Problems of the Pseudo–Gold Standard
One of the greatest benefits of the gold standard lies in its ability to restrict and bind the hands of the government. This perhaps becomes most evident when one revisits the episodes of how the gold standard was one by one abandoned by all countries in line for preparation of war efforts for World War I. Each country in order to build up reserves for arms and ammunition had to increase its defense spending which couldn’t take place under the restraining system which protects individual liberty. Once the war ended there were some attempts at coming back to the gold standard but since they were not based on the underlying dynamic of a market-based gold-currency exchange rate mechanism, it failed to restore the price stability and economic prosperity of the classical gold standard. Each of the countries that participated in the war thus spent huge amounts of money and had massively inflated their currencies, thus economic conditions had changed equilibrium exchange rates between national currencies, and hence gold parities should have been adjusted. If 1914 is taken as the base (= 100), wholesale prices in December 1918 were as follows: U.S. 202, France 355, U.K. 246.
After the war in 1918, the United States immediately announced that it would maintain the dollar price of gold at its prewar level. That is, it is willing to export gold at $20.67 per ounce. It was thought that Britain’s national honor was at stake. Failure to restore the prewar parity of the pound would undermine confidence in the pound.
Accordingly, Britain resorted to a deflationary policy and restored the value of the pound to its pre–World War I levels, this turned out to be a disaster for the British economy and other economies connected to it. Artificially lowering the value of the pound despite the increased money supply during the war period distorted the entire structure of prices whose role is to guide entrepreneurs, it could be compared to a situation wherein amid congestion of traffic, the signals reflect guidance for coordinating yesterday’s traffic.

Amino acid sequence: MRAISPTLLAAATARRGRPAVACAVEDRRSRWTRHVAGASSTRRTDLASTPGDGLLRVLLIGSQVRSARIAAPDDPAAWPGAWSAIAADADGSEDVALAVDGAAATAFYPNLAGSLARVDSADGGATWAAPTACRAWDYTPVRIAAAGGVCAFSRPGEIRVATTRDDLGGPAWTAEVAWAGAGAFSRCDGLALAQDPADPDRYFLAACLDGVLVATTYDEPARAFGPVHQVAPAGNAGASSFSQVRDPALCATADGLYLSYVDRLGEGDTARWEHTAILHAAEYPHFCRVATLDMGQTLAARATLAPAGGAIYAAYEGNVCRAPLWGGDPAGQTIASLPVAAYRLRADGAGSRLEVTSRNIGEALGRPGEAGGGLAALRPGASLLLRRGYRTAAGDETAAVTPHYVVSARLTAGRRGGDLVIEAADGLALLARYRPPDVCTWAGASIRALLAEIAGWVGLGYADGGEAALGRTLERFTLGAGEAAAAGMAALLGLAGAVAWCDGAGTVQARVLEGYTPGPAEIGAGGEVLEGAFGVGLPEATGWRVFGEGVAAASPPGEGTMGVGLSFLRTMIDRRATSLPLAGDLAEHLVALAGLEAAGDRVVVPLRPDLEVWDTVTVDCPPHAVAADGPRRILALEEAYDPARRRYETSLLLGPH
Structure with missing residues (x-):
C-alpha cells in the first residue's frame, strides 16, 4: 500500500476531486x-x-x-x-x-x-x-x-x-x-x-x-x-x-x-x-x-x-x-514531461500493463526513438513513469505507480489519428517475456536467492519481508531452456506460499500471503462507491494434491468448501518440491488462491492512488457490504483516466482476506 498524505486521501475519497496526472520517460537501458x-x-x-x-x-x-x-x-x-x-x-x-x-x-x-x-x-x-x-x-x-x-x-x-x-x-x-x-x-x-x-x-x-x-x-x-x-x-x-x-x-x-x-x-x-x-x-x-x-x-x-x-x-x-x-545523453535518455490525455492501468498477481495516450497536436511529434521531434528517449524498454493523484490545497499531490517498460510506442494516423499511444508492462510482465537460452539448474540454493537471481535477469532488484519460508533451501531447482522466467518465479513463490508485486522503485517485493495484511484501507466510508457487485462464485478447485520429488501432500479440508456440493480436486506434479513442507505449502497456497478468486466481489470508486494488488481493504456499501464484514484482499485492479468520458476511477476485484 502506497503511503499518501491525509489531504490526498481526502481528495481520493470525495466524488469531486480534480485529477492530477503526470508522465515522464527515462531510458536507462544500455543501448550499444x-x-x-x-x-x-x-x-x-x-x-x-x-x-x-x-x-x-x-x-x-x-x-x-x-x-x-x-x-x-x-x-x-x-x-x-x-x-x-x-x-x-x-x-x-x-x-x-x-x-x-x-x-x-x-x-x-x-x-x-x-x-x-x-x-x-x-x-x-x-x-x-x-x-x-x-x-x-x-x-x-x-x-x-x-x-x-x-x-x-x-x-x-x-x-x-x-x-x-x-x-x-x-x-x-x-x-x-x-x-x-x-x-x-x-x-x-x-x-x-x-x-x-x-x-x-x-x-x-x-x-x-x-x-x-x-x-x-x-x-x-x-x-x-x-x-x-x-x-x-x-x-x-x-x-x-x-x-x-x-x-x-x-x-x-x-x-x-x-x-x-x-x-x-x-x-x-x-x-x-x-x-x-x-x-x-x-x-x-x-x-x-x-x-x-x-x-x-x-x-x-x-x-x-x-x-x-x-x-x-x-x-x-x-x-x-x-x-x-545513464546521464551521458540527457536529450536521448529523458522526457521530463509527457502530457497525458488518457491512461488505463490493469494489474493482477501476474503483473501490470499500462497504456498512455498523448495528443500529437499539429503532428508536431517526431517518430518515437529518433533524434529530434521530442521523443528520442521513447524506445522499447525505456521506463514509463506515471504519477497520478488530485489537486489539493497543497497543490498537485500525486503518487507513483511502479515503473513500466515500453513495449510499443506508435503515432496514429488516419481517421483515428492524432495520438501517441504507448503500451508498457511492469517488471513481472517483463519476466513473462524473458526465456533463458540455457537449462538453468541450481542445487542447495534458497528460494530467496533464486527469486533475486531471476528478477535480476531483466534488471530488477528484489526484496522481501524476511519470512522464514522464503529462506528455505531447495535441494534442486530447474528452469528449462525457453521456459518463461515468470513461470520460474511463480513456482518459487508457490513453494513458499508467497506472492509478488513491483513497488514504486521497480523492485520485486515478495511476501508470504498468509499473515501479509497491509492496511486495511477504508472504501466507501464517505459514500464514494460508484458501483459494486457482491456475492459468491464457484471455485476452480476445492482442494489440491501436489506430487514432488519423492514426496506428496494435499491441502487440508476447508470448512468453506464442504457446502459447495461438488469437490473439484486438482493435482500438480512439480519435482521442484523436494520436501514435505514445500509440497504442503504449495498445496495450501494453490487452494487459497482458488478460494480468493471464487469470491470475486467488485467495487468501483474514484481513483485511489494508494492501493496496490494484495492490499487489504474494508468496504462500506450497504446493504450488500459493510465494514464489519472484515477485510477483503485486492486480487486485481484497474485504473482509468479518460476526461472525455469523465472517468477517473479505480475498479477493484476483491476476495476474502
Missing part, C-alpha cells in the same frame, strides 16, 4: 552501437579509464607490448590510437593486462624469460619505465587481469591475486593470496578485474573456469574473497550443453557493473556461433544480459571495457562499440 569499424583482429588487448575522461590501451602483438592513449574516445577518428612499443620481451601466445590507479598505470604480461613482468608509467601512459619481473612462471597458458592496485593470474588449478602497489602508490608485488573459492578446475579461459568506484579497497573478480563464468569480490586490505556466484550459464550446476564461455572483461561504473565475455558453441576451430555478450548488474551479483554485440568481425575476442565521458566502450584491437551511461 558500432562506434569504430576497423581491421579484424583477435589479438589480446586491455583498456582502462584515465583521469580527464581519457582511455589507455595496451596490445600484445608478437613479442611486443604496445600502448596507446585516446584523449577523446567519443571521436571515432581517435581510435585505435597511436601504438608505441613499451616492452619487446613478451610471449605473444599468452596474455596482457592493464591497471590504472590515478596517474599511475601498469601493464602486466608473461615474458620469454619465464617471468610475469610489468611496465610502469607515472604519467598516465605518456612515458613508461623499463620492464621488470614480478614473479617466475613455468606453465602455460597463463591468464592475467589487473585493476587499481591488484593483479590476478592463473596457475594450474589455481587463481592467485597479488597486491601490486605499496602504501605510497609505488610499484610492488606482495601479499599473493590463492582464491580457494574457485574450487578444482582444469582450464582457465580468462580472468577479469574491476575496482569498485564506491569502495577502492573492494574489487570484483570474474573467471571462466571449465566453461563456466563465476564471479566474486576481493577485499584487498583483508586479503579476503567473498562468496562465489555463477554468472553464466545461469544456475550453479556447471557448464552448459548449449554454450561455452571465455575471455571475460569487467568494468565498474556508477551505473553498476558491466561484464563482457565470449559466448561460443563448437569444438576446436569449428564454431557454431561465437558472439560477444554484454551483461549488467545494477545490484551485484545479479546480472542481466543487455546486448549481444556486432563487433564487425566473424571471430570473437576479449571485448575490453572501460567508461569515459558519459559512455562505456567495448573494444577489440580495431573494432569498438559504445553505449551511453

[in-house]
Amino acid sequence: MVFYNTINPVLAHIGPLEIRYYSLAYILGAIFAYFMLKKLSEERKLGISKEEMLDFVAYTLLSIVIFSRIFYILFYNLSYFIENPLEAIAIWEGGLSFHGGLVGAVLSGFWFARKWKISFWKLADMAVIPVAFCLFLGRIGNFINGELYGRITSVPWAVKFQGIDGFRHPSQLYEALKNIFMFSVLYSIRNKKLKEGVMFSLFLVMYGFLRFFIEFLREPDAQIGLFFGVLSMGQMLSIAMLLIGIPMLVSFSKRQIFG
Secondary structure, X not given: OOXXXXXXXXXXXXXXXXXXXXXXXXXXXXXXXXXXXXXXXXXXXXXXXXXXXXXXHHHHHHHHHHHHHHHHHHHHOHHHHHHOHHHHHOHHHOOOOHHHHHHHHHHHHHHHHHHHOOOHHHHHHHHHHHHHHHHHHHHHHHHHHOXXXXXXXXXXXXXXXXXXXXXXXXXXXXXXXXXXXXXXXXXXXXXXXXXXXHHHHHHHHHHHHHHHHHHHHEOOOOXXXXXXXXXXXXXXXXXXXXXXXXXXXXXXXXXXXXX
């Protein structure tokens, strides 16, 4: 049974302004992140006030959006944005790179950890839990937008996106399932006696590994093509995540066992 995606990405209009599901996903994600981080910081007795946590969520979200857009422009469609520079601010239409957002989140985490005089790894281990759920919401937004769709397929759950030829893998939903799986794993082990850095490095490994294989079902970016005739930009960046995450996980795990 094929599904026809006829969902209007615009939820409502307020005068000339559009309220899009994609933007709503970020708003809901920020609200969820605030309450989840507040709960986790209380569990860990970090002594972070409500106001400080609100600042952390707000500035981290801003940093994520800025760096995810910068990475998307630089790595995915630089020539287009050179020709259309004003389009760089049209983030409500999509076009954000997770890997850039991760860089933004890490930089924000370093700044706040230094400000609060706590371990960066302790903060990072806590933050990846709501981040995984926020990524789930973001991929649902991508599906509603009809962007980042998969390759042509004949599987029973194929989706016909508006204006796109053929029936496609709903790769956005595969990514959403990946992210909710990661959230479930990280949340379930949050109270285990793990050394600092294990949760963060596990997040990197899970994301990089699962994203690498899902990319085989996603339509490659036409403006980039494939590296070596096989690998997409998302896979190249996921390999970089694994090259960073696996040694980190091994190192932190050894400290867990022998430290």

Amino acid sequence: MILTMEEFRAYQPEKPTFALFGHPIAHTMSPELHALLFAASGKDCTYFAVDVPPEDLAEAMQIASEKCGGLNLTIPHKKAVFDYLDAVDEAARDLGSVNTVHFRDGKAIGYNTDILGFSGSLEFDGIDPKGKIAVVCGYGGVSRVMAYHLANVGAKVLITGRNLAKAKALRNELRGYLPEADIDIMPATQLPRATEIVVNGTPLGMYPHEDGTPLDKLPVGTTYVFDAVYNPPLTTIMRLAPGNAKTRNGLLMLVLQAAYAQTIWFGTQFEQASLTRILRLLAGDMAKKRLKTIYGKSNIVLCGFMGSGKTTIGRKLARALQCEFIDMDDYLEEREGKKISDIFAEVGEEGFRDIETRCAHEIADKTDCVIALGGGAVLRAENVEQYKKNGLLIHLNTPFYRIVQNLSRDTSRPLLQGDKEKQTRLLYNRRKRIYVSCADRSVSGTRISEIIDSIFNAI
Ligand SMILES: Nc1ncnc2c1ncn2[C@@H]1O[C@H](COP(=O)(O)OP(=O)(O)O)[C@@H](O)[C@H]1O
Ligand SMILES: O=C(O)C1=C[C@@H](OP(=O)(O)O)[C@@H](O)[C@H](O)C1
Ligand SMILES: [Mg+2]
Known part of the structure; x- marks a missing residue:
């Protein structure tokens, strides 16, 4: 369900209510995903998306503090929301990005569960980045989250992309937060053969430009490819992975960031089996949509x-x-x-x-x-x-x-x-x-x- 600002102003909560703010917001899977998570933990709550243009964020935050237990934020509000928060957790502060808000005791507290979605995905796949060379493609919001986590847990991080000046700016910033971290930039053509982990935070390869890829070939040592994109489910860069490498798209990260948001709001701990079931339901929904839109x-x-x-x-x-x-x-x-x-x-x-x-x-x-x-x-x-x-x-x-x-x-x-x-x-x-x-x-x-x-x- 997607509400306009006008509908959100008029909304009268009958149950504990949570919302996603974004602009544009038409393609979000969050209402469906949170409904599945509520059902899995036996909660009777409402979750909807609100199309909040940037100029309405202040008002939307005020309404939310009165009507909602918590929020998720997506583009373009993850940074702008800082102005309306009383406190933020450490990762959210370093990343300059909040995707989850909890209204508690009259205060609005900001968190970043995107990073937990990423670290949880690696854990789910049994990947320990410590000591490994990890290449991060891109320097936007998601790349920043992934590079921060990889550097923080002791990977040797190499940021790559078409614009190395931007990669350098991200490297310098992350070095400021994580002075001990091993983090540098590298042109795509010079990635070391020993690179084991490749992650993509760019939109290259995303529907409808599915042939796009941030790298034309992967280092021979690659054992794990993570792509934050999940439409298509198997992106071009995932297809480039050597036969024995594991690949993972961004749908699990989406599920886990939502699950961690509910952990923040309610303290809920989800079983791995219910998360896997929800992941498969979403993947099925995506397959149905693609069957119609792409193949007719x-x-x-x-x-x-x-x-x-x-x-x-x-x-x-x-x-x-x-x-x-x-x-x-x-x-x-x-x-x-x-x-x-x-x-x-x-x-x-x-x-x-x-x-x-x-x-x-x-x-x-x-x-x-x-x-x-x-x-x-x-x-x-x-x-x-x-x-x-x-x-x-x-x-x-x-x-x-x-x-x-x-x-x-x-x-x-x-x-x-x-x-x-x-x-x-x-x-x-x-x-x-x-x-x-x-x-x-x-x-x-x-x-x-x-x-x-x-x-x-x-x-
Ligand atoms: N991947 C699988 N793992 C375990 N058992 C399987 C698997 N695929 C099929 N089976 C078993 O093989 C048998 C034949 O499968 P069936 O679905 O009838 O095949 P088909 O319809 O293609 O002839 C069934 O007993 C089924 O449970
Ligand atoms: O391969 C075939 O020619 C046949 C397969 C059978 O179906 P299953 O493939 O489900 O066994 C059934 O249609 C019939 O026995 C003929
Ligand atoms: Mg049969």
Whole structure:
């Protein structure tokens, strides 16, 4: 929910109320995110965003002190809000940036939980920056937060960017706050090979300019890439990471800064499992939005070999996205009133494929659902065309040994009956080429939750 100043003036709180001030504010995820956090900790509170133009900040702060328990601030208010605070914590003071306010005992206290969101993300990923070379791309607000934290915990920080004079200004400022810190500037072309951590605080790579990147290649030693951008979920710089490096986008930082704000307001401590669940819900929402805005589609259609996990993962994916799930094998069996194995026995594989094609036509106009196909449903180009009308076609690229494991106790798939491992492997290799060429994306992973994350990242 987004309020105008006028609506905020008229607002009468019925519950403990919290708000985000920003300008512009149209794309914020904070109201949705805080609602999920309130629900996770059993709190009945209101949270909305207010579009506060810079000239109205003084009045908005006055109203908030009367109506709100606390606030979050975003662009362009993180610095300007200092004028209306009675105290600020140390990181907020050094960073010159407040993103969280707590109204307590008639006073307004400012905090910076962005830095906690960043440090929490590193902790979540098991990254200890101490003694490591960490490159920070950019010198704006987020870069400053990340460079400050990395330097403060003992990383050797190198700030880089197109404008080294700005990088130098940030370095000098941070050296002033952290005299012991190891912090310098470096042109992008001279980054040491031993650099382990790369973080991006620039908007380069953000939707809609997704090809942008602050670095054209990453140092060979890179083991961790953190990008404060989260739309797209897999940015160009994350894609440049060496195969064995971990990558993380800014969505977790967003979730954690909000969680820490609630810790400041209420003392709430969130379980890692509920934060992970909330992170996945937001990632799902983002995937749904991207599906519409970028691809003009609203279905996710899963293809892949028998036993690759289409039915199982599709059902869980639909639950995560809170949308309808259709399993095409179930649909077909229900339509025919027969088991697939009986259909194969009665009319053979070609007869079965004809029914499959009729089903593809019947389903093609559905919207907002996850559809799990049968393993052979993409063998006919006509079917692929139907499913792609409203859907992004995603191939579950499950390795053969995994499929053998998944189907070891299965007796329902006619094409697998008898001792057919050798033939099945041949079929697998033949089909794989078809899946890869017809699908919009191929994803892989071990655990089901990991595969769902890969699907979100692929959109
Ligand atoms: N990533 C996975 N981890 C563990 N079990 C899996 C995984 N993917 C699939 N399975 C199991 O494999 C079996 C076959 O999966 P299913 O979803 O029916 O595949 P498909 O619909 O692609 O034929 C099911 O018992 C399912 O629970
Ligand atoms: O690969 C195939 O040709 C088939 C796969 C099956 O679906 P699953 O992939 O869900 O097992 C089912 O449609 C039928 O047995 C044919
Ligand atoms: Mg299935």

The United States was able to survive the artificial deflation on the account of its massive gold reserves which had grown during the war and the piling up of debt that countries owed to the United States. This allowed the United States to pursue an easy money policy which first sparked a temporary boom and then characteristically culminated in a bust. This mechanism was explained most adequately by Rothbard in his seminal work America’s Great Depression. Had the currencies been allowed to change as per a fixed weight of gold units per unit of currency, the picture may well have been different.
Keynes began his mission to enunciate his system of economics where the invisible hand of the market will be replaced by the visible hand of policymakers where an increase in government spending through the increase in aggregate demand as a result of the multiplier mechanism will provide full or near full employment. But before such a project could be undertaken, it was important to show why the gold standard fails to provide an order to the society, as the foundations of his economic system rely on the fact that a country has independence in monetary and fiscal matters where it is not directly affected by the policies of other economies. There can be no such thing as a Keynesian state on the gold standard, any more than a cocaine addict or compulsive gambler can be on a strict budget.
But now on the backs of substantial evidence and analysis, it becomes quite clear that not only was Keynes incorrect about the question of instability of the value of money and on the gold standard as a monetary system. A stronger case has also been made to show the classical gold standard is superior on every front and a return to the gold standard will cure several economic ills of inflation, improper allocation of resources, and a continuous cycle of booms and busts. This now calls into question a reevaluation of the entire foundation of the fiat money system along with the Keynesian worldview.
Views expressed in this article are the opinions of the author and do not necessarily reflect the views of The Epoch Times.